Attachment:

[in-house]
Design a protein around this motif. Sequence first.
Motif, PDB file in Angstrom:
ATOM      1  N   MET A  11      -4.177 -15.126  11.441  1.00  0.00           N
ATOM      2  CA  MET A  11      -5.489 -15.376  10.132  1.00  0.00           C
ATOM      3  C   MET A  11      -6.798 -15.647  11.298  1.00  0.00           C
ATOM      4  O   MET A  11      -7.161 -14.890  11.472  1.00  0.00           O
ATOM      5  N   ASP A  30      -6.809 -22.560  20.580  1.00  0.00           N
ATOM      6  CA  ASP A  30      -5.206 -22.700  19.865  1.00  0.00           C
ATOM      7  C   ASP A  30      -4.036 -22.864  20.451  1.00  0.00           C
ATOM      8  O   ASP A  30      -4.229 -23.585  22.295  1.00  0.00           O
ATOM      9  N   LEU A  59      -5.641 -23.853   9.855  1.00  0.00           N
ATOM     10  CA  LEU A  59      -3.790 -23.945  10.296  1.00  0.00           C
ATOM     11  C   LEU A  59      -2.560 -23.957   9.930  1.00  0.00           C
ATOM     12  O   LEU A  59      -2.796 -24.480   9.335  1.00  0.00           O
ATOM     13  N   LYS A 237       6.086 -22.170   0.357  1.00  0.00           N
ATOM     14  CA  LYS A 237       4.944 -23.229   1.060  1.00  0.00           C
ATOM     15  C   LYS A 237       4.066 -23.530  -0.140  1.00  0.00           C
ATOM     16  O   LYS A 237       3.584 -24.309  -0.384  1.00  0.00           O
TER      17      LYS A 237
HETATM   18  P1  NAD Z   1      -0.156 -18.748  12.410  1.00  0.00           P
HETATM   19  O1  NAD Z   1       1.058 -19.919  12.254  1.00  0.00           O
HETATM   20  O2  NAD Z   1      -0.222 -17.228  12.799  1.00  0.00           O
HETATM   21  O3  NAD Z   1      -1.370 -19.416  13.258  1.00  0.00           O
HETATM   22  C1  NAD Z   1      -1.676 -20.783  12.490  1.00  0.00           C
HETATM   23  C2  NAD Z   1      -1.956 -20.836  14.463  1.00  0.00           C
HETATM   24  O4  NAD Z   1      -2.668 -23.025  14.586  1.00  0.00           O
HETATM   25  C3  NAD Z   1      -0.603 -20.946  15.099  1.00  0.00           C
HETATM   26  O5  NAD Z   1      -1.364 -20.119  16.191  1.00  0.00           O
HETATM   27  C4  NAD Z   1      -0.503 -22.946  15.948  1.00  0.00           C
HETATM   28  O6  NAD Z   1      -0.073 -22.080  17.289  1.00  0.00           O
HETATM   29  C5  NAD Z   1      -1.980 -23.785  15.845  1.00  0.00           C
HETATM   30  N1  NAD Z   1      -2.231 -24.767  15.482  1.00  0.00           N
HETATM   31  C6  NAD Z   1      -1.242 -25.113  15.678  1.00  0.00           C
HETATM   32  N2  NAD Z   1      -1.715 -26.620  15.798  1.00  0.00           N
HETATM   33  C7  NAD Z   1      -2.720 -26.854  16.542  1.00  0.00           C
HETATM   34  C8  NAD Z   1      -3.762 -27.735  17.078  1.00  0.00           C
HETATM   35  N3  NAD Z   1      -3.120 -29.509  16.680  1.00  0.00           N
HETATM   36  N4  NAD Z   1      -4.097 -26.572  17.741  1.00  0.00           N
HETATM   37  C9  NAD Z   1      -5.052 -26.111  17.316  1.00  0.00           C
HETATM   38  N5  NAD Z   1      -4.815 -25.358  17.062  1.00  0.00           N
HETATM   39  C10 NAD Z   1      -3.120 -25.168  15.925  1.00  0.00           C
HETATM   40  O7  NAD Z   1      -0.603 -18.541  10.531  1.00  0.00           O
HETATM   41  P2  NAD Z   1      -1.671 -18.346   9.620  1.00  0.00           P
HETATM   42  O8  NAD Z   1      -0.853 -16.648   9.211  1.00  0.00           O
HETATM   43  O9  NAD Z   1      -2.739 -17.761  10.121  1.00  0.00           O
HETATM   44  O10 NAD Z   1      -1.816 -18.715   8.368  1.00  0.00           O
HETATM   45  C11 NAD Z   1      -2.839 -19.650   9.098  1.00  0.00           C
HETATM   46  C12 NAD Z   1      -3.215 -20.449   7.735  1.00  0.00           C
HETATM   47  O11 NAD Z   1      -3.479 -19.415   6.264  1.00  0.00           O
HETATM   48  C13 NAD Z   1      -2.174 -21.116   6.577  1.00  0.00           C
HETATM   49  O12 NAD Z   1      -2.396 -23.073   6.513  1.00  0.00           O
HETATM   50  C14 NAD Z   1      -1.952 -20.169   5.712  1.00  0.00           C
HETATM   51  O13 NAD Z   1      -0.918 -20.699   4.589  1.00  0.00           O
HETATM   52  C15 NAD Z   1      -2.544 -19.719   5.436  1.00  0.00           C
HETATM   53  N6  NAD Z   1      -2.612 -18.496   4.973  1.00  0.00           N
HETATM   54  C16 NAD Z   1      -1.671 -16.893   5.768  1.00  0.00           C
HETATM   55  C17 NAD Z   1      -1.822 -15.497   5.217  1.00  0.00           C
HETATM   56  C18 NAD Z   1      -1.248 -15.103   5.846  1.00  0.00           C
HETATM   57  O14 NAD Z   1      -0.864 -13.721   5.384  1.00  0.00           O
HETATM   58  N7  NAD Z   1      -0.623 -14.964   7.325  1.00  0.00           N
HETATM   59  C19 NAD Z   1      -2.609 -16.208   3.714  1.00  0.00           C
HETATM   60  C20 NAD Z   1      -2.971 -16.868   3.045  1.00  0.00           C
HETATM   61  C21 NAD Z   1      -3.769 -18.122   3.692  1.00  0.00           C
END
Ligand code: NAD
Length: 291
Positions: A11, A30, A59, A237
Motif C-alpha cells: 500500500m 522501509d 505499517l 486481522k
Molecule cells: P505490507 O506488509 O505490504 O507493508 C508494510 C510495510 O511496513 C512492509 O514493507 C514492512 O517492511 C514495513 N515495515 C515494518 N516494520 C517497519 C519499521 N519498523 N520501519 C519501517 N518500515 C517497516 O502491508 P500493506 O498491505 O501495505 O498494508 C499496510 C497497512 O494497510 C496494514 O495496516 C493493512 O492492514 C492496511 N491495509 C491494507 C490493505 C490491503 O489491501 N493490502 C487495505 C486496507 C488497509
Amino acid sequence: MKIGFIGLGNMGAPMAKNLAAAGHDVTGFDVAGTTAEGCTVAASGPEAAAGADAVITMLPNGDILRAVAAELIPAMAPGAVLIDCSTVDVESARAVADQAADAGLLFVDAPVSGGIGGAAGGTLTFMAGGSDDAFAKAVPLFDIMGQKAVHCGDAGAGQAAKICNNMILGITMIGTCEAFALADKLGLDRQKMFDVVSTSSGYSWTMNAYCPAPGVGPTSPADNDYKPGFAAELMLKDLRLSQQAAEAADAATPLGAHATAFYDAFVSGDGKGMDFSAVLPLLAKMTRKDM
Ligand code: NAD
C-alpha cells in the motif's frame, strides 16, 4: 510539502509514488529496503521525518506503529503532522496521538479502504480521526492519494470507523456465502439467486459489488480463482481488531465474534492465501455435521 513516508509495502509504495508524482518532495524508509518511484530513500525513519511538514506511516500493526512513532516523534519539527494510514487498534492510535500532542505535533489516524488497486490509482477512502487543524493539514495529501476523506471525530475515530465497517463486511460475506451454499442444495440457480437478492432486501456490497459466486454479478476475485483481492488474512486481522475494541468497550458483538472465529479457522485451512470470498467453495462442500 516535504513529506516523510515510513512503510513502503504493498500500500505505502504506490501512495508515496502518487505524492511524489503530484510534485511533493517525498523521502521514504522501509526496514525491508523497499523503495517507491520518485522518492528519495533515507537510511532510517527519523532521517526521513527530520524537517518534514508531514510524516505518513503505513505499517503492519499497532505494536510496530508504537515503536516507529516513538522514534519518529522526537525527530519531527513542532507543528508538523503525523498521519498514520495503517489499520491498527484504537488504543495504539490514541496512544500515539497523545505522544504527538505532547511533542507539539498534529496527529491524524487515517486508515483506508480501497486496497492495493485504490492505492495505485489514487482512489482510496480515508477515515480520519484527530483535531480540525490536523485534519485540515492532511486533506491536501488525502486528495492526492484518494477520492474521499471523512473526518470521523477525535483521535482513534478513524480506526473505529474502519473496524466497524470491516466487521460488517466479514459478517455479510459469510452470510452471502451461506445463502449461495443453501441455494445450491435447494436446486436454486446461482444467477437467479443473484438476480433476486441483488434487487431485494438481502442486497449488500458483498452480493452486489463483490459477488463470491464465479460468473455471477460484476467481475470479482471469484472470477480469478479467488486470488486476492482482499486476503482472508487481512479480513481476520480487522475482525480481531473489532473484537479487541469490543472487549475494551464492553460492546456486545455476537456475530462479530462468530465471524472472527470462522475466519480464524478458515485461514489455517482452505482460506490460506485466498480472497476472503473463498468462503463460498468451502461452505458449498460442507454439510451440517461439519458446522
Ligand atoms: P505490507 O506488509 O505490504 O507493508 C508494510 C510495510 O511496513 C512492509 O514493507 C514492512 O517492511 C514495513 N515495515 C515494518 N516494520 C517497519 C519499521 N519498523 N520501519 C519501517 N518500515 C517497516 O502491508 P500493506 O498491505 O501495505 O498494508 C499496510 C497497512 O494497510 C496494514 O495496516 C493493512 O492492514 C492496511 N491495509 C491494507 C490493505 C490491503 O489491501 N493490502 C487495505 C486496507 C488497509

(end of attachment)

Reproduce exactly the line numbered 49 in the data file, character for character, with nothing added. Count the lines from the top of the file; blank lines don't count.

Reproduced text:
HETATM   46  C12 NAD Z   1      -3.215 -20.449   7.735  1.00  0.00           C